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  • Sara Ryan

call for submissions: bliss issue

Throughout this tumultuous past year, we have all likely been searching for joy, bliss, and slivers of peace. Where have you found it? Where have you looked? For Iron Horse’s theme issue in 2021, we want to revel in your bliss along with you as you show us what it looks like, tastes like, sounds like. Maybe it’s the quiet splash of a current, the clean gasp of air on a mountaintop, a Netflix binge-watch, a bowl of cookie dough ice cream, a package being dropped on your doorstep, the careful ripping-open of an envelope, hearing your favorite song spill from the window of a car passing by. We want all your forms of bliss.

As you share your bliss with us through your poems, stories, and essays, we want to remind you that our theme issues are all about interpretation. Treat this theme as an ekphrastic—show us bliss from your corner of the world, not the bliss we know and expect (though who are we to deny this bliss either). Maybe knowing bliss requires its lack, or perhaps you are looking back at bliss from a time when it is woefully missing. Bliss might be hovering somewhere in the future, beyond the inevitable difficulties of now. Or maybe we find bliss in a fiction we wish was our own.

When looking for images of bliss for this call, we stumbled upon the photograph “Bliss,” the default computer wallpaper of Microsoft's Windows XP operating system, taken by Charles O’Rear in 1996. It is estimated to be the most-viewed photograph in the world, with billions having viewed the iconic cloud-streaked sky and impossibly green rolling hills. Folks travel from around the world to view this hill in California’s Wine Country, to see bliss for themselves. We’re thinking a lot about why Microsoft chose this image and the recognizable feeling it inspires—its universality, its quiet peace, its unbelievability, its transcendence across decades. Searching for bliss led us to this unexpected place, and perhaps it will do something similar for you.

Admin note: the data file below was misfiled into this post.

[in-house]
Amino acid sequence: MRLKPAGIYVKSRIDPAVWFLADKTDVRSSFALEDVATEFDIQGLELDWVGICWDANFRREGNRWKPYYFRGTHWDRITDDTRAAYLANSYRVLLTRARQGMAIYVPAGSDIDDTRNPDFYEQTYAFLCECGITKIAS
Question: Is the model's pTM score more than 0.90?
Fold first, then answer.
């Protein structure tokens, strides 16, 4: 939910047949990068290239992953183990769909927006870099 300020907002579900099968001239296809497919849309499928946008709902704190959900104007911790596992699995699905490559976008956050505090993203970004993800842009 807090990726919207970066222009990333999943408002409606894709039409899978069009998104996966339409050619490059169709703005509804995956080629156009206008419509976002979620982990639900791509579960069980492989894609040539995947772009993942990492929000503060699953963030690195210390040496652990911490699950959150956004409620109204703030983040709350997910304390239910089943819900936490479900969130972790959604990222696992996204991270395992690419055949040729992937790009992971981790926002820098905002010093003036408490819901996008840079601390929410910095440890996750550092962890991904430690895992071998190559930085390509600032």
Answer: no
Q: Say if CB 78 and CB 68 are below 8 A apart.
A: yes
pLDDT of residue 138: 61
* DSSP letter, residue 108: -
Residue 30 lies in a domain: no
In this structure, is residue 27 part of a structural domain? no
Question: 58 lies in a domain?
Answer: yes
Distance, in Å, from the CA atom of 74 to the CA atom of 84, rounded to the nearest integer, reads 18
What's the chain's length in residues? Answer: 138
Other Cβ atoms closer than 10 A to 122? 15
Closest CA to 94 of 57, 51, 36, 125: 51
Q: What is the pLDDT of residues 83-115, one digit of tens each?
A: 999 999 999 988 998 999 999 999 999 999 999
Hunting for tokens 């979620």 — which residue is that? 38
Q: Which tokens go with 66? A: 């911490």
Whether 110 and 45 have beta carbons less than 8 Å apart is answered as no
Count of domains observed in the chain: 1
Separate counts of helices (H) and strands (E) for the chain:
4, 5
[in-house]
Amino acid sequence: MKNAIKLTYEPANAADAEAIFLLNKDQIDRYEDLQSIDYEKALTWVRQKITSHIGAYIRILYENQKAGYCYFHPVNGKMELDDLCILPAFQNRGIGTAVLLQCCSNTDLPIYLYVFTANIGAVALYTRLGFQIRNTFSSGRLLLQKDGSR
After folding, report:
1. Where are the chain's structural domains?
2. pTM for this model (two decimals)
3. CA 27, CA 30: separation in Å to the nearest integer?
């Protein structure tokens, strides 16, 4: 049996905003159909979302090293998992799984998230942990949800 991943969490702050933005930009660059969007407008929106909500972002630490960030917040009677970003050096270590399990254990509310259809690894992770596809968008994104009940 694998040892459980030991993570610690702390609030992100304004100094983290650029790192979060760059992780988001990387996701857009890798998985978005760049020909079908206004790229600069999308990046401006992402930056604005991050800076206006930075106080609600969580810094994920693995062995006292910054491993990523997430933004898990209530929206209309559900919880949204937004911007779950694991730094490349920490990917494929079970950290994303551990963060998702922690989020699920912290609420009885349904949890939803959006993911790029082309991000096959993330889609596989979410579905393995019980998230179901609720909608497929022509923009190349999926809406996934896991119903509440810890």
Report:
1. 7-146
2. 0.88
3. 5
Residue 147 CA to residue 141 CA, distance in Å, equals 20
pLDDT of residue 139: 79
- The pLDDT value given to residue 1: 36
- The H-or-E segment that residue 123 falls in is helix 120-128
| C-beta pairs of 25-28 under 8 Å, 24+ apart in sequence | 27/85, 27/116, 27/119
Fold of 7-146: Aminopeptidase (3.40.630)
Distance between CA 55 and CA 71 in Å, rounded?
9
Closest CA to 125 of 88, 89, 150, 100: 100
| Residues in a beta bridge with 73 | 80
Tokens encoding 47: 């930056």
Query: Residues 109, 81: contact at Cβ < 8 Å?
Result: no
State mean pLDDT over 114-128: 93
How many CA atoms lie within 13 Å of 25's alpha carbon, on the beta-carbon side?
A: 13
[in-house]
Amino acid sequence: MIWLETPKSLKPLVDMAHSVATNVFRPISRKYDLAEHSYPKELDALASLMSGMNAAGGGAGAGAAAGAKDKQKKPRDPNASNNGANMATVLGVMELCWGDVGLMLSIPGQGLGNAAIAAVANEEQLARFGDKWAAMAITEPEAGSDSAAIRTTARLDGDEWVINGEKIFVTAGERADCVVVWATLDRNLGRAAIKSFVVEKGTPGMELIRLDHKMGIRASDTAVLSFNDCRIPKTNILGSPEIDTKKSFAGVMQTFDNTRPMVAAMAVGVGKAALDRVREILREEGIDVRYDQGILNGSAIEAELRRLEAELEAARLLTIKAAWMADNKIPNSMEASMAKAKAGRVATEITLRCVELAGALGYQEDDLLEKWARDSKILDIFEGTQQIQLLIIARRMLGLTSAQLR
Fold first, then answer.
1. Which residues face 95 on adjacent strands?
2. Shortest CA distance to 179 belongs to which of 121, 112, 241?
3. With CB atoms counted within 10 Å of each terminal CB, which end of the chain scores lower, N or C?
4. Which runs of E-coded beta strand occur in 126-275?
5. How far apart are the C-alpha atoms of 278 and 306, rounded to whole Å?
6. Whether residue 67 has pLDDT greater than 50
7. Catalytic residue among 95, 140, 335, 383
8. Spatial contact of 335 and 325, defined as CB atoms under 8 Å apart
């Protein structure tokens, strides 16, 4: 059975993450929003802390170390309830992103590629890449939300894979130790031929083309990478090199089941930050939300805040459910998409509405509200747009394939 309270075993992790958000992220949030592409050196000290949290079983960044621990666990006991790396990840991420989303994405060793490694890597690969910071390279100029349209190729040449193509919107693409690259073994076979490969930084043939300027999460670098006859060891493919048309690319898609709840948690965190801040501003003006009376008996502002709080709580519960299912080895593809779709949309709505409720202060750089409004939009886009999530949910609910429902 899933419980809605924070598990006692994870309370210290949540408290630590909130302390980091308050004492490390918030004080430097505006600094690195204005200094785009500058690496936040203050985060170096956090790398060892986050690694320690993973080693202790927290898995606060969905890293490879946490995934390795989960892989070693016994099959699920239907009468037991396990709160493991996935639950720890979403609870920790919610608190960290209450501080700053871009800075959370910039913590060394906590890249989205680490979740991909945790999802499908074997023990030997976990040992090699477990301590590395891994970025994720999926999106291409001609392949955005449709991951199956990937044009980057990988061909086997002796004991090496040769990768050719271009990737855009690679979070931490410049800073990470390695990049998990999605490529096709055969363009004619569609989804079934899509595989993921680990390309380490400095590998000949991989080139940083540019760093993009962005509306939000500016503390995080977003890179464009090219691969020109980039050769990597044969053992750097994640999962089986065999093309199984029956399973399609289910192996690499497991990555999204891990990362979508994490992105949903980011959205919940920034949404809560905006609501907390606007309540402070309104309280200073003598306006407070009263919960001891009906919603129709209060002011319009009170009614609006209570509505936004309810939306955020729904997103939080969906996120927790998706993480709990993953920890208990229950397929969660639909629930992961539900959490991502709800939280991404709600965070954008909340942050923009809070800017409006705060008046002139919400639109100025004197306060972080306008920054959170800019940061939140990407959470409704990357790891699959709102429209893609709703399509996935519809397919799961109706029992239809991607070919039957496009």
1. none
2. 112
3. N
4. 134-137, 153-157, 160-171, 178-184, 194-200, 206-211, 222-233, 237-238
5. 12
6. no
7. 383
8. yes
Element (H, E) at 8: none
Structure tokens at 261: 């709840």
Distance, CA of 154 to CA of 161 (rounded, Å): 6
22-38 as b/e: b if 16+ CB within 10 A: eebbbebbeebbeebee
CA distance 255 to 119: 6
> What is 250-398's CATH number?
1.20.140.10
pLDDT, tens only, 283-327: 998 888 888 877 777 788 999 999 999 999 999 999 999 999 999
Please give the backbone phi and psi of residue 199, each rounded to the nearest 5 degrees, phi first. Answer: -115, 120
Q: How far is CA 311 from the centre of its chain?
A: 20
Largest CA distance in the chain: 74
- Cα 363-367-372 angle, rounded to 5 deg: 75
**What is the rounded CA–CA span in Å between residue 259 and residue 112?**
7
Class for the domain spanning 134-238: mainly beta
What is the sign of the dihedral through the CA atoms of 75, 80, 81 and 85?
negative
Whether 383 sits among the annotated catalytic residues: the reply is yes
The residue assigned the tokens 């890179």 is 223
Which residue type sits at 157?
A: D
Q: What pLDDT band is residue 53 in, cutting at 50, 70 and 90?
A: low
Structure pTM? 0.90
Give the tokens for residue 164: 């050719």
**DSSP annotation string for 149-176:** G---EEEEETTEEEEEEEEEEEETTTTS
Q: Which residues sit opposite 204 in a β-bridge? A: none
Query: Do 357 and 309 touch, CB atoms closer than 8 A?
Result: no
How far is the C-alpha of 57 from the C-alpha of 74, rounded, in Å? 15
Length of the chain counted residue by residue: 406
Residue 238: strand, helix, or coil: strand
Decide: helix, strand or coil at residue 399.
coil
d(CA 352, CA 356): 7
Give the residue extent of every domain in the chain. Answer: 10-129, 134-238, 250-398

All this to say that bliss is hard to define. We recognize that it’s so individual and we are looking for that individuality in your creative submissions. This past year has made bliss difficult to find, or has obscured it with headlines and grief, but for this issue, IHLR wants to carve out a space for joy: thrill, pleasure, optimism, joie de vivre, delight, rejoicing, gratitude, love, freedom, laughter, life.

Our submission window is open from October 15th to November 15th, submit at


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